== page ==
Whizzing along coastal Highway 2 between Tel Aviv and Haifa, few drivers think to turn off into Jisr az-Zarqa, Israel’s only Mediterranean seaside Arab village. In fact, few drivers know anything about it.
Until just a couple years ago, this neglected town was perhaps the country’s most unlikely tourist spot. Now a handful of enterprising villagers are trying to change that, and bring visitors — and attention — to their town.
Jisr az-Zarqa ranks as Israel’s poorest village, with 80 percent of the population below the poverty level, a third of the residents unemployed, crime rates among the highest in the country and the highest high-school dropout rate.
Pollution and large-scale commercial fishing depleted fish populations, which in turn affected the local economy. And during the second intifada, several incidences of stones being thrown at passing cars only reinforced the widespread belief that Jisr az-Zarqa is nothing more than an Arab slum by the sea.
Not only does the town of about 14,000 lack basic infrastructure such as decent roads and trash collection, but there wasn’t even a high school there until 1997. Jisr’s poverty level is especially striking because it’s wedged between Caesarea (the enclave of choice for Israel’s rich and famous), prosperous Kibbutz Ma’agan Michael and Zichron Yakov (a highly desirable town with booming real estate prices).
Basically, Jisr az-Zarqa exists in splendid isolation. When Israel’s coastal highway was built decades ago, no access ramp to the village was included, further cutting them off from the rest of the country. (A new interchange is now being planned.)
Yet Jisr possesses all the components for a winning tourist destination — and town officials want to move things in that direction. A headline this summer in the Times of Israel screamed “Overlooked Arab Israeli beach town opens its doors to tourists,” and part of the deckhead read “new guesthouse … hopes to entice backpackers and shed town’s negative image.”
“We want to exploit the potential of our town and area,” explained Achmad Emesh, a 31-year-old tour guide. “One only heard bad things [about Jisr az-Zarqa] — that it was a place to be avoided. We want to prove that it is not the worst place in the world.”
Simply with its location, Jisr has a lot to offer. It is an idyllic fishing village on a harbor, and it’s close to Roman ruins in Caesarea National Park, the Taninim Nature Preserve and the old Zichron Ya’akov colony, founded in 1882. Moreover, the 683-mile Israel National Trail, from Eilat in the south to Dan in the north, is funneling thousands of hikers through Jisr every year.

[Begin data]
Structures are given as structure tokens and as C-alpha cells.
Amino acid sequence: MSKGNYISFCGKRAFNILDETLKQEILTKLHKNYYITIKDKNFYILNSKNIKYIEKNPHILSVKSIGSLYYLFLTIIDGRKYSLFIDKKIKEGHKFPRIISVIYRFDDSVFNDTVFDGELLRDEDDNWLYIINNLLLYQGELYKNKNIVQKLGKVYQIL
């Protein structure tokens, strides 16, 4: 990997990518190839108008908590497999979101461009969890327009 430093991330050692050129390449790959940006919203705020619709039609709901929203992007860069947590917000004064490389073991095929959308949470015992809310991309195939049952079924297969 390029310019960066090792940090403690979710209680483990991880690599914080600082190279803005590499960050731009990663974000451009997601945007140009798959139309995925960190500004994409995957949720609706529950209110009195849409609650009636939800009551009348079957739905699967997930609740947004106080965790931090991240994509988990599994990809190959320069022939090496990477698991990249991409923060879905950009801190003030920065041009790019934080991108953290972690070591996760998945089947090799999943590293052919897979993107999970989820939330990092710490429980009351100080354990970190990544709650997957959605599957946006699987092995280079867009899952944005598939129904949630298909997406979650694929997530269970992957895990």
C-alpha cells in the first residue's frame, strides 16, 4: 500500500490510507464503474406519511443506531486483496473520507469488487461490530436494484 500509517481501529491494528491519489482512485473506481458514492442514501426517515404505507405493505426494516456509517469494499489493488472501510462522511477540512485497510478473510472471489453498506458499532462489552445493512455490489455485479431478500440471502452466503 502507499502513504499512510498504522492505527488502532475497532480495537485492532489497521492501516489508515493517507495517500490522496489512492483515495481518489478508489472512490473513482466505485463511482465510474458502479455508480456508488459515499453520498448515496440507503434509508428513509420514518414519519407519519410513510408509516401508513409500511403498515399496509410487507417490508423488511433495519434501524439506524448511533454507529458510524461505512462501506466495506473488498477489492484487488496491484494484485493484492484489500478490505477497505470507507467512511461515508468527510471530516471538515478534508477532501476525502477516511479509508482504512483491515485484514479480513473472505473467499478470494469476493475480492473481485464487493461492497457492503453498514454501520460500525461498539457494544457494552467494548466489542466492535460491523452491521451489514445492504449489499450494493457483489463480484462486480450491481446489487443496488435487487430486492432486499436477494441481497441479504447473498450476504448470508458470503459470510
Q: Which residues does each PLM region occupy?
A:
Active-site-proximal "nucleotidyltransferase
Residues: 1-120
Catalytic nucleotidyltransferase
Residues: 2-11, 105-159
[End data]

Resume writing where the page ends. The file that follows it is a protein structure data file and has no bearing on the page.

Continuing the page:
To take advantage of the increased foot traffic, Jisr’s junior high school students initiated a project to entice hikers into town by taking a ½-kilometer spur off the main trail. Signs in Arabic, Hebrew and English point visitors to 17 landmarks, and the hope is that travelers also will stop at local businesses (including bakeries and a cafe) along the way.
Emesh said the name Jisr az-Zarqa’s refers to the nearby stream valley known in Arabic as the “Blue Valley” (Wadi az-Zarka). In Hebrew the river is called Nachal Taninim, or Crocodile River. The Romans imported crocodiles from Africa and featured them in their gladiatorial entertainment at Crocodilopolis. (The last crocodile died in 1912, its hide now displayed in a museum in Jerusalem.)
A Roman aqueduct skirts the village, and digs in the area have uncovered pottery shards and amphoras dating back 2,000 years.
The story commonly believed by many Israelis is that Jisr was populated by descendants of Sudanese slaves brought by the Ottomans. While some current inhabitants’ forebears were in fact Sudanese, 75 to 80 percent are descendants of a handful of families that arrived from Jordan, Yemen and Iraq; many of them made their livelihood from fishing, agriculture and basket weaving with marsh reeds.
Other things are getting Jisr on the map, as well. In November, Israeli Prime Minister Benjamin Netanyahu and the chief of the nation’s police, Roni Alsheikh, attended the opening ceremony of Jisr’s new police station, built to help deal with the high crime rate.
Achmad Juha, an electrician and father of seven, is trying to change the town’s isolation. For several years he arranged for visitors to study Arabic in the village, and he also organized home stays during Ramadan. In 2014, he and his business partner, Neta Hanien, a Jewish mother of three living in nearby Avi’el, opened a hostel to attract the backpacker crowd.
An avid hiker and adventurer, Hanien first saw Jisr in 2008, when she helped her mother shoot a documentary about the town’s fishermen. A working lawyer, she decided she wanted to open a guesthouse in the village as a side business.
Some of the funding for what has since been named Juha’s Guesthouse came from the S.F.-based Jewish Community Federation’s Israel Grants Initiative — a 6-year-old donor-involved approach to grantmaking modeled on social venture philanthropy. For the fiscal year 2017-18, Juha’s Guesthouse was one of 26 entities that received a share of nearly $1.5 million under the heading of “Strengthening Israeli Society.”
Located in the center of town, a five-minute walk to the beach, the hostel has 18 beds and offers home meals and tours (and the website at zarqabay.com includes a creative video that plays with the town’s ignominy). Recently, a cafe and a bakery opened, as well.
“People thought I was nuts, to open a guest house here. Who would come?” Juha said with a laugh. “But they seem to be coming. Jisr has always existed under difficult conditions, and we’re now making a small dent in the gap between the town’s current reality and its potential.”